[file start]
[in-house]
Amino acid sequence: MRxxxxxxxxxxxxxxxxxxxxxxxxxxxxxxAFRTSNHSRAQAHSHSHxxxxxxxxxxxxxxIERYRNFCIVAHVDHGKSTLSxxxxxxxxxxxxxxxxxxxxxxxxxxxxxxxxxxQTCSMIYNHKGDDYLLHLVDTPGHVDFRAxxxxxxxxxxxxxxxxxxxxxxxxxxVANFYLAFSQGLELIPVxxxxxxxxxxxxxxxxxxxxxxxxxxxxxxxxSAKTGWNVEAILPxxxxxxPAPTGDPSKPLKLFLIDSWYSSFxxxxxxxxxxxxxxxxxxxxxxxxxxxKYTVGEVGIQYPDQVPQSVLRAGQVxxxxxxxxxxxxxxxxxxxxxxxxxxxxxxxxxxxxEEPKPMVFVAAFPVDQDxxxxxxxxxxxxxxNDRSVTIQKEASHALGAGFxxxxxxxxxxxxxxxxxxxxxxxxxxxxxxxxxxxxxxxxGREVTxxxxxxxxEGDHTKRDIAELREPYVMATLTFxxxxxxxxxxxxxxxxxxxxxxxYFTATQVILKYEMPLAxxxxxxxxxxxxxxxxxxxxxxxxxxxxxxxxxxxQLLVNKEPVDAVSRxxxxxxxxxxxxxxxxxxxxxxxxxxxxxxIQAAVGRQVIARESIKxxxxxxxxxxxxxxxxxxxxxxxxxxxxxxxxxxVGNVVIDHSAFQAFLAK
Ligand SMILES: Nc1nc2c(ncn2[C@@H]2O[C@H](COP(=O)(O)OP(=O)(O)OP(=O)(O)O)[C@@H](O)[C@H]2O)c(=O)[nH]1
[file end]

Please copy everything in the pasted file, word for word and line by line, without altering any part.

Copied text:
[in-house]
Amino acid sequence: MRxxxxxxxxxxxxxxxxxxxxxxxxxxxxxxAFRTSNHSRAQAHSHSHxxxxxxxxxxxxxxIERYRNFCIVAHVDHGKSTLSxxxxxxxxxxxxxxxxxxxxxxxxxxxxxxxxxxQTCSMIYNHKGDDYLLHLVDTPGHVDFRAxxxxxxxxxxxxxxxxxxxxxxxxxxVANFYLAFSQGLELIPVxxxxxxxxxxxxxxxxxxxxxxxxxxxxxxxxSAKTGWNVEAILPxxxxxxPAPTGDPSKPLKLFLIDSWYSSFxxxxxxxxxxxxxxxxxxxxxxxxxxxKYTVGEVGIQYPDQVPQSVLRAGQVxxxxxxxxxxxxxxxxxxxxxxxxxxxxxxxxxxxxEEPKPMVFVAAFPVDQDxxxxxxxxxxxxxxNDRSVTIQKEASHALGAGFxxxxxxxxxxxxxxxxxxxxxxxxxxxxxxxxxxxxxxxxGREVTxxxxxxxxEGDHTKRDIAELREPYVMATLTFxxxxxxxxxxxxxxxxxxxxxxxYFTATQVILKYEMPLAxxxxxxxxxxxxxxxxxxxxxxxxxxxxxxxxxxxQLLVNKEPVDAVSRxxxxxxxxxxxxxxxxxxxxxxxxxxxxxxIQAAVGRQVIARESIKxxxxxxxxxxxxxxxxxxxxxxxxxxxxxxxxxxVGNVVIDHSAFQAFLAK
Ligand SMILES: Nc1nc2c(ncn2[C@@H]2O[C@H](COP(=O)(O)OP(=O)(O)OP(=O)(O)O)[C@@H](O)[C@H]2O)c(=O)[nH]1